The first thing that hits you when listening to the eight tracks that make up "Adrifft" (nine if you download the digital version where you get a bonus track "Godzilla") is that although the grooves owe a huge debt to the stoner/desert grooves of the USA and and Europe the vocals have a quintessential Englishness in their feel, tone and delivery. Clean with a slight indie vibe their initial impact comes as quite a surprise on first listening, especially to those who may be used to the more growlier, throatier styles that are the norm in this genre, but as the album progresses the ear gets accustomed to their tone and delivery and the listener begins to appreciate the elements of uniqueness and quirkiness they bring to the proceedings. Musically Sickfist are all about the fuzz and Perperoglou and Mayes lay it down thick and grizzly backed superbly by Spanner's solid, tight percussion and Baker's grizzly bass.
Like The Who did before them Sickfist write anthems for their generation, telling tales of disillusionment and detachment against backdrops of warm, fuzz drenched stoner/desert groove as on "Isolate" where Baker sings "Play my music loud to block out reality,standing in a crowd trying to hang on to sanity, enclosed in a bubble I can feel serenity, get out of my face, don't invade my space", voicing the angst and frustrations felt by disenfranchised youth and young adults and once again proving that rock music works best when its angry and pissed off!
Check 'em out....
© 2017 Frazer Jones
Monday, 16 October 2017
Florida may be feeling a little battled and bruised since Hurricane Irma blustered and blew her way across its coastlines, towns and cities but the people there are a resilient bunch and hopefully it wont be too long before they are back on their feet rebuilding, repairing and slowly putting their lives back together What effect these recent events have had on Florida's local music scenes is as yet unknown but if the posters announcing an "After Hurricane Party" on Tampa juggernauts Beerwolf's Facebook page are anything to go by then things are soon gonna be back on track!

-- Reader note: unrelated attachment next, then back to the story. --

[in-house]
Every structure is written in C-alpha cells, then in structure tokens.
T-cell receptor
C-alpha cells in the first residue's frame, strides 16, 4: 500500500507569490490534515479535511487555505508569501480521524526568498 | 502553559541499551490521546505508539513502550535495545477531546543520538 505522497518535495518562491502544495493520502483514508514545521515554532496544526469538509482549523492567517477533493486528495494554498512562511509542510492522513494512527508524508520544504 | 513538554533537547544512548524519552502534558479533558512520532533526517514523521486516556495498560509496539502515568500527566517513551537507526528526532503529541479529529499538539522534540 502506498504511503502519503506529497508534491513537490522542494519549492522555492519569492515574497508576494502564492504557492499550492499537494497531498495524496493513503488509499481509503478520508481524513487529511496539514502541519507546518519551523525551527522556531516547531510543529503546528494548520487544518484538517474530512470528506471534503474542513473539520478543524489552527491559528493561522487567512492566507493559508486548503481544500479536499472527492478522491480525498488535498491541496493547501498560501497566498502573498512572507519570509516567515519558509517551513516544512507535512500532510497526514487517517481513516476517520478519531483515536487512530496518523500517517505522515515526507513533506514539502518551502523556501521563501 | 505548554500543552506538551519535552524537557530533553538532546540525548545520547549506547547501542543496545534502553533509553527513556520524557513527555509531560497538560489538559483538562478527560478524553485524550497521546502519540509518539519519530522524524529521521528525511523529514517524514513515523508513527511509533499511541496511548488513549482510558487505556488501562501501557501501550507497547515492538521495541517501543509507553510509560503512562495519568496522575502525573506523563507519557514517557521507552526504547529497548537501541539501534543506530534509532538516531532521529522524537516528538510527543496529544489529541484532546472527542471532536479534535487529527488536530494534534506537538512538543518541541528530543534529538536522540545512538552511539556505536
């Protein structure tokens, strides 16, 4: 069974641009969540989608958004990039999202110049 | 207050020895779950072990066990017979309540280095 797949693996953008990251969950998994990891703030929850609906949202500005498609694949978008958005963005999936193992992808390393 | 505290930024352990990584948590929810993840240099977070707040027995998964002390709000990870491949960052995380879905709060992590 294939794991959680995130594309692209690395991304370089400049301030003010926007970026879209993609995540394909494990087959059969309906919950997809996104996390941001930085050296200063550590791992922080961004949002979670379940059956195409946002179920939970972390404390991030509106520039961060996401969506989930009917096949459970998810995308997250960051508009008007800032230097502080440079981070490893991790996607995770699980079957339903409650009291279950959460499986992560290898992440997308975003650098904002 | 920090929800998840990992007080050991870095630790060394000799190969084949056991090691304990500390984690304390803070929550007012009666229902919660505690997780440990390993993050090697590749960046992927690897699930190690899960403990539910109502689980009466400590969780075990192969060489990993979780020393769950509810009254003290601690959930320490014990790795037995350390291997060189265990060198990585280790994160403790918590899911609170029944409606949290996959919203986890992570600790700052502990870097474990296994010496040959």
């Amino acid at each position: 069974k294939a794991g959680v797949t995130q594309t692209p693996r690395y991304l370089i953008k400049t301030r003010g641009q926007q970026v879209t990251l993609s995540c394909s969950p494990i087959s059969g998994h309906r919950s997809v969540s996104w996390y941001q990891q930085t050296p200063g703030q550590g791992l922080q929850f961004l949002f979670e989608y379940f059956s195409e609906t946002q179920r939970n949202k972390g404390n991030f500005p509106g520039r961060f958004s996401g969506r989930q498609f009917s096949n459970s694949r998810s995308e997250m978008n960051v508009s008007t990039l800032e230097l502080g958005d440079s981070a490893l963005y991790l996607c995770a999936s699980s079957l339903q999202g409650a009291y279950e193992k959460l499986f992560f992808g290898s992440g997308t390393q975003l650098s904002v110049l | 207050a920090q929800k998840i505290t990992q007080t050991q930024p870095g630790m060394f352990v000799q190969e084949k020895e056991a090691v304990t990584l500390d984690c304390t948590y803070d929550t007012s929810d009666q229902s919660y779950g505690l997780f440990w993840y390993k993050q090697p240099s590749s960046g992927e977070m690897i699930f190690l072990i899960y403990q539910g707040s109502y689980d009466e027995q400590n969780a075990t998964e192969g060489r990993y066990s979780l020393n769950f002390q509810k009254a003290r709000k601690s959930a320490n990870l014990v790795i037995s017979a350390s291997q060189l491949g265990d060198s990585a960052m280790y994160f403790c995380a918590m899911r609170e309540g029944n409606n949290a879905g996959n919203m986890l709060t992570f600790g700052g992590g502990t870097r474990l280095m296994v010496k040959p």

Beerwolf, Jason Kleim (vocals and bass guitar), Matthew Howland (lead guitar) and AJ Prasad (drums), have been a bit quiet on the recording front since the release of their debut album "Oracle's Prophecy" in 2015 but the Tampa, Florida band have returned this year with new ideas, a new focus and in "Planetfall" a brand new album.
Title track "Planetfall" opens Beerwolf's new opus, a throbbing doom-laden instrumental crammed with dark swathes of heavily phased riffage and pulsating rhythms, then goes full circle to finish with "Epilogue" another instrumental this time marked by it's swirling spacey effects and slightly heavier Hawkwind vibe. In-between these two tomes of instrumental diversity, however, are found the real meat and potato's of Beerwolf's groove and sound with songs like "Eagle Shirt", "Crom's Steel" and "Bones of Titan" showing a definite leaning towards the old school aesthetics of 70's hard/classic rock sprinkled with an even pinch of gnarly stoner/desert fuzz all coated in strong clean vocals. Beerwolf do dip their toes into the instrumental pool again with "Haze Arcane" and "Serpentine Fiend", both excellent jams replete with swirling guitar solo's screaming over grizzled bass lines and solid punchy percussion but it is when the band turn to delivering actual songs they really come into their own.